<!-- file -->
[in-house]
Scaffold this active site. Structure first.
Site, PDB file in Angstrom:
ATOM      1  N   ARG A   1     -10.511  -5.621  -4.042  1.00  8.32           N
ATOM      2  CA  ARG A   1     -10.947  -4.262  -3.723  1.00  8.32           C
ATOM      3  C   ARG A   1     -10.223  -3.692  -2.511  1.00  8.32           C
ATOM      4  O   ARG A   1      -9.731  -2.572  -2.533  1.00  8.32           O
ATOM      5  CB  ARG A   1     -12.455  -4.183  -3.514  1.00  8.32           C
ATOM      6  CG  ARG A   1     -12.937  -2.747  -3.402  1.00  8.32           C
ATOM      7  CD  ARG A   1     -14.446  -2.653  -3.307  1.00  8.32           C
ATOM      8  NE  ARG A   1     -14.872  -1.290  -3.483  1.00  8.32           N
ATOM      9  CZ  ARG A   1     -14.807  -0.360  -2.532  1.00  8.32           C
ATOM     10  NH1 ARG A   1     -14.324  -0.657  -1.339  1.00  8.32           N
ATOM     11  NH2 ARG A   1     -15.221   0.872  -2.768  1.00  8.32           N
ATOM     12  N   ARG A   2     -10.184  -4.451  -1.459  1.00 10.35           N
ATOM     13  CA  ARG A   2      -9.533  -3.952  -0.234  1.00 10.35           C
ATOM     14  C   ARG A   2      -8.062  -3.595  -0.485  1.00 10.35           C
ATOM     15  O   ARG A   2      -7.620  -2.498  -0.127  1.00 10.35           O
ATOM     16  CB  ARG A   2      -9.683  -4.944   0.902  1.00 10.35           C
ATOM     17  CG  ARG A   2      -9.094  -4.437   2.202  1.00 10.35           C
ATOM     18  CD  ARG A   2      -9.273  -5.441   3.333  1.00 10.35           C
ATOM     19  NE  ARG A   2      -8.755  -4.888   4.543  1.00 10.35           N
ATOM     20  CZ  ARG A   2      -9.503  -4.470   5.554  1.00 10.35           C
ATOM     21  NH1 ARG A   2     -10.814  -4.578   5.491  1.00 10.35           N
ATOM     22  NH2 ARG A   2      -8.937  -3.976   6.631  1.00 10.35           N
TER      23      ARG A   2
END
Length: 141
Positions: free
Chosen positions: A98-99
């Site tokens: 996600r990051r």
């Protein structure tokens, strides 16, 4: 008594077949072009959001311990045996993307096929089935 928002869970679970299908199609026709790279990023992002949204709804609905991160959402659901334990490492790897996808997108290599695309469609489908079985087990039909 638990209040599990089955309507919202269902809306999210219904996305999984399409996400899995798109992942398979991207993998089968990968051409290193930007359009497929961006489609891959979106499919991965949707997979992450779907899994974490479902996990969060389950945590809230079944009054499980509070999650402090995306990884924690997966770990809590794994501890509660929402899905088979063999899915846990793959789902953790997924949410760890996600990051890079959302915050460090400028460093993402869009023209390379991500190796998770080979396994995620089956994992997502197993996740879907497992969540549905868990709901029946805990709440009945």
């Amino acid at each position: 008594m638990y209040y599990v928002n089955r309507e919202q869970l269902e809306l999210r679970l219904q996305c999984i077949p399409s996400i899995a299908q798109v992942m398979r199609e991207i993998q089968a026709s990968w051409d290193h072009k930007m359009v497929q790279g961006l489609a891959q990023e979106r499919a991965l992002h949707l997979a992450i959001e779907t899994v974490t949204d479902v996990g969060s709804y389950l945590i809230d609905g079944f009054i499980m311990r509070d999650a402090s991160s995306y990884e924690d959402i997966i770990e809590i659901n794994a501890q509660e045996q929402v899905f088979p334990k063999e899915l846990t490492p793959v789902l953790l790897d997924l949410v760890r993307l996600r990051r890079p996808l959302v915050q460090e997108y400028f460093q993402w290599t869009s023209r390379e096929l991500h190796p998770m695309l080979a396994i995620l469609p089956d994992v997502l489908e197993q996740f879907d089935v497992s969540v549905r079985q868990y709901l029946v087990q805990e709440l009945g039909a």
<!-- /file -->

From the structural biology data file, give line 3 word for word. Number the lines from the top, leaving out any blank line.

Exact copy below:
Site, PDB file in Angstrom: